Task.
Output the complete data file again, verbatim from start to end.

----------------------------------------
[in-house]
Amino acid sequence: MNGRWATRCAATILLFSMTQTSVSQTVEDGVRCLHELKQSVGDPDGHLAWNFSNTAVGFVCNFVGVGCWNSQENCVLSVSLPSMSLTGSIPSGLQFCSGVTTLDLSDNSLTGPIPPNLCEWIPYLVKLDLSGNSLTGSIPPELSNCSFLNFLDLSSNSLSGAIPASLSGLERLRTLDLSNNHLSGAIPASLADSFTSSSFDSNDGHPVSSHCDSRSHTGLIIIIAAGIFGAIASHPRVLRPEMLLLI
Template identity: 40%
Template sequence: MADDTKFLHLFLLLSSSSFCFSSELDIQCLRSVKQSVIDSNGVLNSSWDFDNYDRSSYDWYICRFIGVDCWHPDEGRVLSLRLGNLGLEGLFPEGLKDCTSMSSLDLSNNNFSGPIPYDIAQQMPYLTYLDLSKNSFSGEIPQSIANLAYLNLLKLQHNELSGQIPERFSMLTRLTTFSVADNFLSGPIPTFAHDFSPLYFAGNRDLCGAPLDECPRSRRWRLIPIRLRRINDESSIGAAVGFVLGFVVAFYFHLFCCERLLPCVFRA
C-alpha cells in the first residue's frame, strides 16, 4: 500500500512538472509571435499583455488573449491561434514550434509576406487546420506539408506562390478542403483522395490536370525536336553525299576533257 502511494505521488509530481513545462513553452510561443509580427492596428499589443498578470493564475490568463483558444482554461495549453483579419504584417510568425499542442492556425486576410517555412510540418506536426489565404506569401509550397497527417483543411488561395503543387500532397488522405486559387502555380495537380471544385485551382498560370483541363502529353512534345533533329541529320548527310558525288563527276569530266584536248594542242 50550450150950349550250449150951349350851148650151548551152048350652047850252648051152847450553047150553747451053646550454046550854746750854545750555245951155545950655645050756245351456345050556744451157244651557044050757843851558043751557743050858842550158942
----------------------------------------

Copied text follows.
[in-house]
Amino acid sequence: MNGRWATRCAATILLFSMTQTSVSQTVEDGVRCLHELKQSVGDPDGHLAWNFSNTAVGFVCNFVGVGCWNSQENCVLSVSLPSMSLTGSIPSGLQFCSGVTTLDLSDNSLTGPIPPNLCEWIPYLVKLDLSGNSLTGSIPPELSNCSFLNFLDLSSNSLSGAIPASLSGLERLRTLDLSNNHLSGAIPASLADSFTSSSFDSNDGHPVSSHCDSRSHTGLIIIIAAGIFGAIASHPRVLRPEMLLLI
Template identity: 40%
Template sequence: MADDTKFLHLFLLLSSSSFCFSSELDIQCLRSVKQSVIDSNGVLNSSWDFDNYDRSSYDWYICRFIGVDCWHPDEGRVLSLRLGNLGLEGLFPEGLKDCTSMSSLDLSNNNFSGPIPYDIAQQMPYLTYLDLSKNSFSGEIPQSIANLAYLNLLKLQHNELSGQIPERFSMLTRLTTFSVADNFLSGPIPTFAHDFSPLYFAGNRDLCGAPLDECPRSRRWRLIPIRLRRINDESSIGAAVGFVLGFVVAFYFHLFCCERLLPCVFRA
C-alpha cells in the first residue's frame, strides 16, 4: 500500500512538472509571435499583455488573449491561434514550434509576406487546420506539408506562390478542403483522395490536370525536336553525299576533257 502511494505521488509530481513545462513553452510561443509580427492596428499589443498578470493564475490568463483558444482554461495549453483579419504584417510568425499542442492556425486576410517555412510540418506536426489565404506569401509550397497527417483543411488561395503543387500532397488522405486559387502555380495537380471544385485551382498560370483541363502529353512534345533533329541529320548527310558525288563527276569530266584536248594542242 50550450150950349550250449150951349350851148650151548551152048350652047850252648051152847450553047150553747451053646550454046550854746750854545750555245951155545950655645050756245351456345050556744451157244651557044050757843851558043751557743050858842550158942